Local Guides (self-appointed ‘expert’ Google users for their local areas) and other users will of course help too, but there’s no guarantee that they’ll give correct answers, however enthusiastic they are.
Local Guides will get notifications, as will the My Business page owner, when a question is asked. So, if you’re not on hand to reply straight away, chances are a Local Guide, or another Google user, will step in.
This looks to be engineered by Google to keep information updated and avoid questions going unanswered for too long.
Dealing with negative questions, comments and unsuitable content should be approached as it would be on social media. While you can’t physically delete a user’s comment on Google Q&A, however unsuitable, a prompt, polite and helpful response usually puts out any immediate fires and turns negatives into positives for brand reputation.
As ever with social media and digital – the more responsive, reactive and switched on your brand can be, the better.
Most businesses have good digital literacy these days so using mobile devices isn’t a problem for many, skills-wise.
It’s definitely a time-thing though, as taking time away from the business to answer what could be multiple, specific queries on mobile could be detrimental to workflow.
This could be a task for the marketing team to delegate at set times within the day or week. Just like with social media monitoring, plan Google My Business moderation into your action plans to allocate sufficient time and resource.
- Get your logins and page access in order now, and set aside time for team members to check and respond to questions where necessary.
- Draw up a crib sheet of suggested answers for your FAQs and add any new ones that come in for easy access.
Positives (Now for the exciting part).
Once you’ve waded through the initial operational concerns, this Q&A function can actually bring a host of benefits to your brand’s digital strategy.
Improved brand visibility
The additional content on your My Business mobile search results can only be a good thing for your brand. Let’s cast our mind back to when click to call functionality was introduced – its success was due to the fact it reduced the steps (or clicks) that the user had to take to get the information they wanted. Having questions, and answers, visible in the search results can also do just that, especially if you keep it updated and respond promptly with helpful info and links to your site.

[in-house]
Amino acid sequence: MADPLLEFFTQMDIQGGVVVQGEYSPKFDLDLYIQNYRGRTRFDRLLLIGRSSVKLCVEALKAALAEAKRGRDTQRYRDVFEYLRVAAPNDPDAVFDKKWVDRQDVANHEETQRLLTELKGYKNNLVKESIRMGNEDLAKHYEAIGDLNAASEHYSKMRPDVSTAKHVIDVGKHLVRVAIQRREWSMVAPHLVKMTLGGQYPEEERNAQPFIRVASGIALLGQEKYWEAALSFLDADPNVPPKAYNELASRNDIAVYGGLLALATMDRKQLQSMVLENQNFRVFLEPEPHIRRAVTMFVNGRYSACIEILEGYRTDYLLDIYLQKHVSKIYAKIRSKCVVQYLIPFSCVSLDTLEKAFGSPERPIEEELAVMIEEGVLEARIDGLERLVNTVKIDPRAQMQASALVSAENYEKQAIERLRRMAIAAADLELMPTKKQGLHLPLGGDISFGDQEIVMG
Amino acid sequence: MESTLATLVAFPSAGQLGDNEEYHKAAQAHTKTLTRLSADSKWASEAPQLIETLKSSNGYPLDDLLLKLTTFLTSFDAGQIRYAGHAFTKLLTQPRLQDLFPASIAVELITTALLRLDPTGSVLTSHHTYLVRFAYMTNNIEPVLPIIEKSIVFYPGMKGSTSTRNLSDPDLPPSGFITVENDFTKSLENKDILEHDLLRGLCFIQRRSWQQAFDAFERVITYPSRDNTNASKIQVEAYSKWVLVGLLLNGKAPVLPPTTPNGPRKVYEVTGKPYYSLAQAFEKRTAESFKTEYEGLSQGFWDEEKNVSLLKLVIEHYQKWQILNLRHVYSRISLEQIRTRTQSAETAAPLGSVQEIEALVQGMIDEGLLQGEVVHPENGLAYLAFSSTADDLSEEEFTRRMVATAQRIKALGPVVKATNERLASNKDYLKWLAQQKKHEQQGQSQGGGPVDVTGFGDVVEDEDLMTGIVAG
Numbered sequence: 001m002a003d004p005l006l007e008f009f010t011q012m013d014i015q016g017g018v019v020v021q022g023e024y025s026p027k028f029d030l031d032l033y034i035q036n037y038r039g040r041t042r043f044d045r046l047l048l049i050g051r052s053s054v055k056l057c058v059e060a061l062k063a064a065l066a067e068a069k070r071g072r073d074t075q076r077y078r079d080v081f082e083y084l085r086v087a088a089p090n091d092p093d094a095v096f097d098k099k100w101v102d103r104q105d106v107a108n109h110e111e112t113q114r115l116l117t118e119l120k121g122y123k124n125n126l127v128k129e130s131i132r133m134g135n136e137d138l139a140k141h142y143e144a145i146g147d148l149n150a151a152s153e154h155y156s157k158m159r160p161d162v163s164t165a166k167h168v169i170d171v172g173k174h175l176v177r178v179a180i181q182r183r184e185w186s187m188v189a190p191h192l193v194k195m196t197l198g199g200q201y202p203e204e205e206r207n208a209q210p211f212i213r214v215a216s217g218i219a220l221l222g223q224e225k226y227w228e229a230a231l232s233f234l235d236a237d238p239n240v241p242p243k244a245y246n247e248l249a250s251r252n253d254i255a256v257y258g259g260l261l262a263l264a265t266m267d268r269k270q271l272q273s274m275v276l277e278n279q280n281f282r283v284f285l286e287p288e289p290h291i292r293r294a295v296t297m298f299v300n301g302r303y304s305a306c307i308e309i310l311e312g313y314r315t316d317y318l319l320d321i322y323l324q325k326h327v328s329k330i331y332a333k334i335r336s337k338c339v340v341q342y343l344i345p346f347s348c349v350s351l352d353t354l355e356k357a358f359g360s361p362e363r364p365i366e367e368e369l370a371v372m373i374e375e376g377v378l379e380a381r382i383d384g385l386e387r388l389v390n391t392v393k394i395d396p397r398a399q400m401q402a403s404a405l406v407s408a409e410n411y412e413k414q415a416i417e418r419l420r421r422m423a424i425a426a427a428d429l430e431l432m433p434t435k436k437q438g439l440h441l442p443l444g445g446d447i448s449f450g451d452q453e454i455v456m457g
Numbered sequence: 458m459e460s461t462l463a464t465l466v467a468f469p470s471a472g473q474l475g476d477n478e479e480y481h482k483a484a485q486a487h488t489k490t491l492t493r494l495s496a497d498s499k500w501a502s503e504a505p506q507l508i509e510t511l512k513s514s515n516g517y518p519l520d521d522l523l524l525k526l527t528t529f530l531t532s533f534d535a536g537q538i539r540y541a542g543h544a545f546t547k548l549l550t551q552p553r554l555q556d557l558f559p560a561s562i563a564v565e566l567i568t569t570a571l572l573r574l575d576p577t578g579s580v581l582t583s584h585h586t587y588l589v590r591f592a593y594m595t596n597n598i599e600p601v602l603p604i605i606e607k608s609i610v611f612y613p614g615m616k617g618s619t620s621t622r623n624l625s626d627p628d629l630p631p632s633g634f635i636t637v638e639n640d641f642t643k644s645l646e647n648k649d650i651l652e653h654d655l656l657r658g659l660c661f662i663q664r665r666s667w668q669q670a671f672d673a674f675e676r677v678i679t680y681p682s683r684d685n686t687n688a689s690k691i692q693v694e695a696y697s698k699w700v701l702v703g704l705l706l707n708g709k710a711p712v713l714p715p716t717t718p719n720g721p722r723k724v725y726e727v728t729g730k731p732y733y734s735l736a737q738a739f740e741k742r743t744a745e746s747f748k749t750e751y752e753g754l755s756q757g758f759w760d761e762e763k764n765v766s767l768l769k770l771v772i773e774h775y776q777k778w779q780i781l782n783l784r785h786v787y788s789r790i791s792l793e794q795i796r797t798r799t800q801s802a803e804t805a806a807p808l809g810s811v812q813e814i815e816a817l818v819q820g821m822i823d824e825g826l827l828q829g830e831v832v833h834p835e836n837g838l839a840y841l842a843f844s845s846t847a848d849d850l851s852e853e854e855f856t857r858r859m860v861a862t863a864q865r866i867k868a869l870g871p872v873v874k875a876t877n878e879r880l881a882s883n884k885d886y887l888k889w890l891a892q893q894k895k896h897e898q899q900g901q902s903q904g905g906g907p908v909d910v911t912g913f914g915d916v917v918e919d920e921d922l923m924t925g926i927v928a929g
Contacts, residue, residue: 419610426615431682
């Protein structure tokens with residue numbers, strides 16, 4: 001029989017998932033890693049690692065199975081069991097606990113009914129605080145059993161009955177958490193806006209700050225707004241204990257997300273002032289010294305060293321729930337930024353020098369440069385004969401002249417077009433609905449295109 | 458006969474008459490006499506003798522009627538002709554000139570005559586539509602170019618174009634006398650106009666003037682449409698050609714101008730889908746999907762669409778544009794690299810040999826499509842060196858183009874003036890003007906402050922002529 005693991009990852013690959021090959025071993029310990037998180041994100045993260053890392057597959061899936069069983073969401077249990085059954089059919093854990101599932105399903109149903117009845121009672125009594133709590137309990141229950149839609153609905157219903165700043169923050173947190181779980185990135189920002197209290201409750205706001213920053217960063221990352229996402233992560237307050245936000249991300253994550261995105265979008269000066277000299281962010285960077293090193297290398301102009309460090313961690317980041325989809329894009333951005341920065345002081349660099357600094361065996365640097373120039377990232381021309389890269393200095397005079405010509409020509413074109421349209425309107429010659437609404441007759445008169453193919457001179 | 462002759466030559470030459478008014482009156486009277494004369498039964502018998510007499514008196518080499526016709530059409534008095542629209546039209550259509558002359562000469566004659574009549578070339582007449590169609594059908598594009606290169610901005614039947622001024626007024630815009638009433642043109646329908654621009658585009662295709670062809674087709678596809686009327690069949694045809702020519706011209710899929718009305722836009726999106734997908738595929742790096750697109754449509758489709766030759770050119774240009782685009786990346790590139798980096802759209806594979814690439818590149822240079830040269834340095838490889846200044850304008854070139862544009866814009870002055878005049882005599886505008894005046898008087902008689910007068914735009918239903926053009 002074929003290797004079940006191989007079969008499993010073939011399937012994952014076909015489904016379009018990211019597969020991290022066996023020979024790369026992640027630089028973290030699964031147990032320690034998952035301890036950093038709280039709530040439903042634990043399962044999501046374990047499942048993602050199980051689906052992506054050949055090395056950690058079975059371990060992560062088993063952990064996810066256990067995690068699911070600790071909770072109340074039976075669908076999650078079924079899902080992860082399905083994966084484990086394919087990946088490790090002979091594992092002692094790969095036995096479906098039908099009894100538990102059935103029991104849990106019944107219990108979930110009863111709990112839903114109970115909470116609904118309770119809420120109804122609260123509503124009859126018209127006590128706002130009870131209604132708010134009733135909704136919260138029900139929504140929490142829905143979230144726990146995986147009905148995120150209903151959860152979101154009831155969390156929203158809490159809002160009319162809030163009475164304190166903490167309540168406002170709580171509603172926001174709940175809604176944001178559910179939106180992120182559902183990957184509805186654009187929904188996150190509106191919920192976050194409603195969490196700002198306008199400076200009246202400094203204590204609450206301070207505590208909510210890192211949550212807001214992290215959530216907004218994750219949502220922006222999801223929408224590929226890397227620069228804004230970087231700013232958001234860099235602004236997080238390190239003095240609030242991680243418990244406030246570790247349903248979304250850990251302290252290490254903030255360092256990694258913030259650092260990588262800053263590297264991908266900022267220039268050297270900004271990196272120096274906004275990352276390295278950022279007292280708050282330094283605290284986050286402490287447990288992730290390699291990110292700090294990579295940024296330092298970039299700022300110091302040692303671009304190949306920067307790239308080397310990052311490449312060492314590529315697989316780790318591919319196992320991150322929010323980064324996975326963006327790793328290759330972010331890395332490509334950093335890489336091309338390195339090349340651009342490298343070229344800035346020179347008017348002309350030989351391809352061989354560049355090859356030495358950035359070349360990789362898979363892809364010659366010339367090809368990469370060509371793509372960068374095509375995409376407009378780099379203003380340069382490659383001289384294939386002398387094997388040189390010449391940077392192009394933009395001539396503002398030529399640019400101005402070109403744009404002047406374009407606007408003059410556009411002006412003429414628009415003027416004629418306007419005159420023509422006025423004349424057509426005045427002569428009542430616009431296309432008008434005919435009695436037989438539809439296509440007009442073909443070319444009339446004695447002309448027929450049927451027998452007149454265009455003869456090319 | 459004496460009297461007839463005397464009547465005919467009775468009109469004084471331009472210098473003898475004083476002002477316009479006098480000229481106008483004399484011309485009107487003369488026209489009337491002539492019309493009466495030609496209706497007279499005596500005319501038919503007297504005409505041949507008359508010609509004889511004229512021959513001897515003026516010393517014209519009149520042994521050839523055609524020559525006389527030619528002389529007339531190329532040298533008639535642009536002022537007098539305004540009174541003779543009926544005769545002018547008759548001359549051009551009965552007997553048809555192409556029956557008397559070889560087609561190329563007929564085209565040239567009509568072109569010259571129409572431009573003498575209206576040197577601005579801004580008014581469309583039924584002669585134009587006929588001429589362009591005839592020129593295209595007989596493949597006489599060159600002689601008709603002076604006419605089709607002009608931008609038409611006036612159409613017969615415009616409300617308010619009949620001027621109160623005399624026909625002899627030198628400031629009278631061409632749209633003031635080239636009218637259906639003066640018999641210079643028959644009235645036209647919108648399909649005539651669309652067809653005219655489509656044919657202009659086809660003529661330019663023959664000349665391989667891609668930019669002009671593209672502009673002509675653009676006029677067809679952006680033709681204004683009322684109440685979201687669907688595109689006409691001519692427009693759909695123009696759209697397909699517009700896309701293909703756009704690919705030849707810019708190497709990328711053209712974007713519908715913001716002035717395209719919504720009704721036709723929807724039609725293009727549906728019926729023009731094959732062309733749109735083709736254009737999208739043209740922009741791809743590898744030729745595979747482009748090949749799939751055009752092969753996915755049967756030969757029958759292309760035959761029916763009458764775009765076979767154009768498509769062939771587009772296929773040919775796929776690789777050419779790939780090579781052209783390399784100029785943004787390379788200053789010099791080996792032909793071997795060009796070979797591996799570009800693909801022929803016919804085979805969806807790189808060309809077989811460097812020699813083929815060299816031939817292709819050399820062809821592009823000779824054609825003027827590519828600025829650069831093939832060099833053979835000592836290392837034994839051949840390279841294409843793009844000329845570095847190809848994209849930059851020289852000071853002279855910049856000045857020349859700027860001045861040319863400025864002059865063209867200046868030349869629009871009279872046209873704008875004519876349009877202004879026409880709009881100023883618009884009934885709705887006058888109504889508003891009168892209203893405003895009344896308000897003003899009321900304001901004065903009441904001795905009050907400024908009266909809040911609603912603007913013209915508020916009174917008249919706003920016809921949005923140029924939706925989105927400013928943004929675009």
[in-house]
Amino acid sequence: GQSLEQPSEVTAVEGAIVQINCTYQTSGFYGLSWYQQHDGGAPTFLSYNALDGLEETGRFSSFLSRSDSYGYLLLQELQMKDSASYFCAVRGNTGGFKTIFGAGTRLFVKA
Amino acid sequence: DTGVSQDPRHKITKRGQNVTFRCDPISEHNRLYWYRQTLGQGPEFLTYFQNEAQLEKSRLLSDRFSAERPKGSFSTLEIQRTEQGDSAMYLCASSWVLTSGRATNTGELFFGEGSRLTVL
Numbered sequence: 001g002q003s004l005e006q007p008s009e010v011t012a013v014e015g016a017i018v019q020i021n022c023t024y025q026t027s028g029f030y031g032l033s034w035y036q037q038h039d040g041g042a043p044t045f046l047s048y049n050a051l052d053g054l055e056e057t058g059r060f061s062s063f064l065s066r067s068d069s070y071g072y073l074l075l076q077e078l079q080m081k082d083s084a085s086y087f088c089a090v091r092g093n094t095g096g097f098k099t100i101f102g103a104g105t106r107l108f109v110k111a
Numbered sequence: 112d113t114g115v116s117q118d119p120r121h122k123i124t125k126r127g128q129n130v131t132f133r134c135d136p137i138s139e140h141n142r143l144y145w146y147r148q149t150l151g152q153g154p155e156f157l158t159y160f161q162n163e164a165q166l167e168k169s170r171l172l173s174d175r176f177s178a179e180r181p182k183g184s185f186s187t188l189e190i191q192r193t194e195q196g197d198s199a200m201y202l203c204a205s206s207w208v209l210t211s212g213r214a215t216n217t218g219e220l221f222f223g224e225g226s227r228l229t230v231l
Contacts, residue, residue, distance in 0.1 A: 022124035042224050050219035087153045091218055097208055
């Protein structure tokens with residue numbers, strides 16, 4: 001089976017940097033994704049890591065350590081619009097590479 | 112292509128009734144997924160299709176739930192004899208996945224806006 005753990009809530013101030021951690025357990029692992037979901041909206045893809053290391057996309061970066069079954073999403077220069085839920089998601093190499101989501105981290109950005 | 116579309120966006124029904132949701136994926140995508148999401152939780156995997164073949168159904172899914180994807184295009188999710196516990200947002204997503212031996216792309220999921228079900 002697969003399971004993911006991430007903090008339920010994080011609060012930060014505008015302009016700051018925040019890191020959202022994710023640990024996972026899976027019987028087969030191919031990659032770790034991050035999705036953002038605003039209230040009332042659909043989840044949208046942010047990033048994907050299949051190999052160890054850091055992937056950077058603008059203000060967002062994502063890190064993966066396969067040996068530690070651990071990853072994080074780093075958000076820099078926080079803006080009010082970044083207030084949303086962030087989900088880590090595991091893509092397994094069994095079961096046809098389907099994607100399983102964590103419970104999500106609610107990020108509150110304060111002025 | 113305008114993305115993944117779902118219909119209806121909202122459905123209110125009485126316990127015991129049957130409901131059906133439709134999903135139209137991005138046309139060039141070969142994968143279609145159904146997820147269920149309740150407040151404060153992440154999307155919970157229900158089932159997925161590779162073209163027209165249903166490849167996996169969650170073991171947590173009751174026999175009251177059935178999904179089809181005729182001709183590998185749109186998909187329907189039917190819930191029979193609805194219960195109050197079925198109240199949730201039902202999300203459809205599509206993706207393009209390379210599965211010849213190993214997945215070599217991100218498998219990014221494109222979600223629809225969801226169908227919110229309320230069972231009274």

Fuel for content and search strategy
Having visibility of the types of questions people are asking about your brand will give you another area of insight that can help you inform your overall search and content strategy.
We think this will be a really valuable asset to your research and discovery phases of your digital activity. Whilst some questions may seem unimportant or uninteresting to many, what they may show is a lack of relevant content on your site, hidden pages or gaps in your strategy that you didn’t know about.
You can then use this insight to inform your ongoing content and search strategies. This can be as simple as adding regularly asked questions to your FAQs, right through to a full content marketing campaign to meet this audience need.
- Keep your My Business listing up to date with info, photos, contact details and also Q&As for improved search visibility.
- Take note of common questions coming in and perform a content audit on your current site to identify gaps.
- Use the insight gained from your Q&A research and content audit to create content and inform your ongoing digital strategy.
Need more help optimising your Google MyBusiness listing? Download our full guide to Google MyBusiness